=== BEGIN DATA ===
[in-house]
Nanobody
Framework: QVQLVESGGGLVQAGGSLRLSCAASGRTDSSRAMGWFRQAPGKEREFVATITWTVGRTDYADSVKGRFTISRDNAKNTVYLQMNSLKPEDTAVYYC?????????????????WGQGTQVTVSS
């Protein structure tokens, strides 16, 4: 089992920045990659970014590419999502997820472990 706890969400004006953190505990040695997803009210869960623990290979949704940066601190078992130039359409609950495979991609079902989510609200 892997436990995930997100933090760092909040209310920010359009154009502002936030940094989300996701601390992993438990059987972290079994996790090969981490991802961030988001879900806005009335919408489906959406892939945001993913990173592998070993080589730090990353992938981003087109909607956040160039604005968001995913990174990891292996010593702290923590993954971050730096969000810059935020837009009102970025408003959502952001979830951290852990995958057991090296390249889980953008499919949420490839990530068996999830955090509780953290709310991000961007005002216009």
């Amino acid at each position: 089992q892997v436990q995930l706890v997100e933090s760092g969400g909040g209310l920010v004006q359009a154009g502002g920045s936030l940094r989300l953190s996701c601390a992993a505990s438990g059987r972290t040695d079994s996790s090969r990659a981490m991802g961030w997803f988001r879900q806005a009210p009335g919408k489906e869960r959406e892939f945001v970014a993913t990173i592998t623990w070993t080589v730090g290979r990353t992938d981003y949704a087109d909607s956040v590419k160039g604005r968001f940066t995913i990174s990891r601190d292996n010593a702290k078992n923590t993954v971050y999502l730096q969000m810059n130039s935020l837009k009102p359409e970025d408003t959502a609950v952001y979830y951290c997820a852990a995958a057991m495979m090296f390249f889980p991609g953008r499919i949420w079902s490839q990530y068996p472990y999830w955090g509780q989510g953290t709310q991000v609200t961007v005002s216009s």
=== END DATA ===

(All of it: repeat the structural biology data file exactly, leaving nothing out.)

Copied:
[in-house]
Nanobody
Framework: QVQLVESGGGLVQAGGSLRLSCAASGRTDSSRAMGWFRQAPGKEREFVATITWTVGRTDYADSVKGRFTISRDNAKNTVYLQMNSLKPEDTAVYYC?????????????????WGQGTQVTVSS
């Protein structure tokens, strides 16, 4: 089992920045990659970014590419999502997820472990 706890969400004006953190505990040695997803009210869960623990290979949704940066601190078992130039359409609950495979991609079902989510609200 892997436990995930997100933090760092909040209310920010359009154009502002936030940094989300996701601390992993438990059987972290079994996790090969981490991802961030988001879900806005009335919408489906959406892939945001993913990173592998070993080589730090990353992938981003087109909607956040160039604005968001995913990174990891292996010593702290923590993954971050730096969000810059935020837009009102970025408003959502952001979830951290852990995958057991090296390249889980953008499919949420490839990530068996999830955090509780953290709310991000961007005002216009």
């Amino acid at each position: 089992q892997v436990q995930l706890v997100e933090s760092g969400g909040g209310l920010v004006q359009a154009g502002g920045s936030l940094r989300l953190s996701c601390a992993a505990s438990g059987r972290t040695d079994s996790s090969r990659a981490m991802g961030w997803f988001r879900q806005a009210p009335g919408k489906e869960r959406e892939f945001v970014a993913t990173i592998t623990w070993t080589v730090g290979r990353t992938d981003y949704a087109d909607s956040v590419k160039g604005r968001f940066t995913i990174s990891r601190d292996n010593a702290k078992n923590t993954v971050y999502l730096q969000m810059n130039s935020l837009k009102p359409e970025d408003t959502a609950v952001y979830y951290c997820a852990a995958a057991m495979m090296f390249f889980p991609g953008r499919i949420w079902s490839q990530y068996p472990y999830w955090g509780q989510g953290t709310q991000v609200t961007v005002s216009s």